"How was school today?" Mom asks Junior when he comes in the door.
"It was OK," he answers, only because he can't ignore his mother. She will ask again.
"Do you have homework?" she asks.
"No, I did it at school," he answers. Or, "The teacher didn't assign any." He dumps his backpack on the counter and gets in the fridge looking for a snack and something the drink.
"Take your stuff to your room," Mom says.
"OK." He starts toward his room without it.
"Hey! Take your backpack to your room!"
"Sorry. I forgot." He comes back and grabs the pack, takes it to his room and drops it near the door where he forgets it until the next morning when he's leaving for school.
Junior's progress report-and several weeks later his report card-record academic failure. Again. He is in danger of failing the entire year in all of the core classes: language arts, math, science and history. Mom is angry at the school system that is failing her child and looking for the right avenues that she can take to turn his failures into successes.
Last week we talked about the learning disabilities and issues of teens with ADD (attention deficit disorder, reading comprehension, math computation, printing instead of cursive writing because of poor fine motor skills, and lack of organization skills, to name a few. They are easily distracted, unable to finish what they start and forgetfulunderachievers. It's not that they can't learn. It's that they have special needs that need to be the focus of the student's support system: teachers and others at the school who help students achieve academic success, health care professionals who see to the student's good health and well-being, family members who support, encourage-even tutor them or provide other educational opportunities and parents who are advocates for their child's needs, getting a tutor for their child if they are unable to do it themselves.
Every child can't learn the same way. Some need hands-on experiences so they can SEE how things work. Teachers, by law, must make adaptations to the classroom to accommodate the students with special needs, of which one is ADD. Parents, caring about the interests of their child, also can make changes designed to meet their child's special needs. Here are a few suggestions:
1.) If your child can't focus to complete homework, taking medication prescribed by the doctor may be necessary.
2.) Set a specific time for homework every night and use a timer to announce the start time.
3.) Minimize distractions.
4.) Would a study partner help? You can try it and see.
5.) Does your school district have a place on its website the provides homework information for parents? Use it so you know, too, what your child's homework responsibilities are.
6.) Instead of focusing on ALL the homework at once, break it down into do-able parts. Have your student bring each part to you as it's completed.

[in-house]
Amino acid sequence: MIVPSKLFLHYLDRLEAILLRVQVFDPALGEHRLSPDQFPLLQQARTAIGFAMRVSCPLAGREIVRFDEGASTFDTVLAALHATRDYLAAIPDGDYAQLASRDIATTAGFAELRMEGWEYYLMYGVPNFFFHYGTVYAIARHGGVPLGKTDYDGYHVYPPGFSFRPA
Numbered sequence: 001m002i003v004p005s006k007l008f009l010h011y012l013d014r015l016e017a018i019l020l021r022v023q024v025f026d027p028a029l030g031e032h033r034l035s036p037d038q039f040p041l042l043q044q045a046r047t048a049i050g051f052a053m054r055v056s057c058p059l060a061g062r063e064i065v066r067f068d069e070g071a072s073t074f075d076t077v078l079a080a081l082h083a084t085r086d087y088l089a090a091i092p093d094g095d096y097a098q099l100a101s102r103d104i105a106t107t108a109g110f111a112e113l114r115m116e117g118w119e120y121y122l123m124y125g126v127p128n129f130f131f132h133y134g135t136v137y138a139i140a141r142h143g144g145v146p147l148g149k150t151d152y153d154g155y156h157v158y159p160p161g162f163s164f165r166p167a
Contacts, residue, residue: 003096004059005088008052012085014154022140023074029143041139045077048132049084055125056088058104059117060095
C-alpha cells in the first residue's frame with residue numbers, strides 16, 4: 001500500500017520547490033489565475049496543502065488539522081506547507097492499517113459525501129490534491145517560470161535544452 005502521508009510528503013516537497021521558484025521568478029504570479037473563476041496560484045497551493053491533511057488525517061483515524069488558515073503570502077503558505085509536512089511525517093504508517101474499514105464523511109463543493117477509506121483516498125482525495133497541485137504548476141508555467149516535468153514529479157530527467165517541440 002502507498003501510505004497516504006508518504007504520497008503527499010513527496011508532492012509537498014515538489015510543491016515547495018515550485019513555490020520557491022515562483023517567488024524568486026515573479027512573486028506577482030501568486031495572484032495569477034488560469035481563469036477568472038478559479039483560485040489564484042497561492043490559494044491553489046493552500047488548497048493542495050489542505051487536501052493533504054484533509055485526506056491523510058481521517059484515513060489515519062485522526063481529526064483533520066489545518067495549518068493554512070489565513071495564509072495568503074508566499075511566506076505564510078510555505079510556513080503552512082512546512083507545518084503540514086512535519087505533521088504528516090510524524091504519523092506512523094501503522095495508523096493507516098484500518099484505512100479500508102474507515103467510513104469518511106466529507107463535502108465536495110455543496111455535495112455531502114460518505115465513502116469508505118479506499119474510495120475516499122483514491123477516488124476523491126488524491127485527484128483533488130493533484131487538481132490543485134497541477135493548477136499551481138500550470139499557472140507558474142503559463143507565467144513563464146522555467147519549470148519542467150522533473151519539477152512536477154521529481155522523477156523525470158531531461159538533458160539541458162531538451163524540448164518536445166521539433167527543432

7.) Let your child use the computer to complete assignments. They have difficulty writing and writing legibly. The teacher might encourage the student to email homework as soon as it's completed, lessening the likelihood of homework being lost before it can be turned in.
8.) Use white noise (ocean sounds, etc.) or radio to help the student stay focused.
9.) Use daily or weekly reports between parents and teachers so everyone is on the same page and knows whether or not the student's expectations are being met.
10.) Length of time for homework should not take "all evening til bedtime." Address that issue when it happens at your house.
Education is important. Students with ADD are at higher risk of dropping out of school, substance abuse, pregnancy, speeding tickets, car wrecks and suicide. If your child's teacher has said or ever days say (s)he gives up on your "impossible-to-teach" child, that's just not so. Teens with ADD are average to above average intelligence. They can learn if their support system comes together to work for him. And he needs to be a part of the team with some choices.
The book Teenagers with ADD: A Parents Guide by Chris A. Zeigler-Dendy is dated but still available. Zeigler is mother of a child with ADD. She also is a mental health professional. This book and others published more recently, can help you to understand how to meet the needs of your ADD teen and bring peace to your household and academic success to your ADD child. Goals won't be met overnight, but it will be worth the time and effort you spend to see the self-esteem of your student rise with each new success, one step at a time. Parents must be actively involved and consistent.
Family Recovery Center promotes the well being of individuals, families and communities and offers The Edge program for teens. It is a group experience specifically designed for youth ages 13-17. Topics covered are stress management, coping skills, peer pressure, healthy relationships, escaping from unpleasant emotions and gaining confidence. For more information, contact Family Recovery Center at 961 N. Market St., Lisbon; phone, 330-424-1468; or firstname.lastname@example.org. FRC is funded, in part, by the United Way of Northern Columbiana County.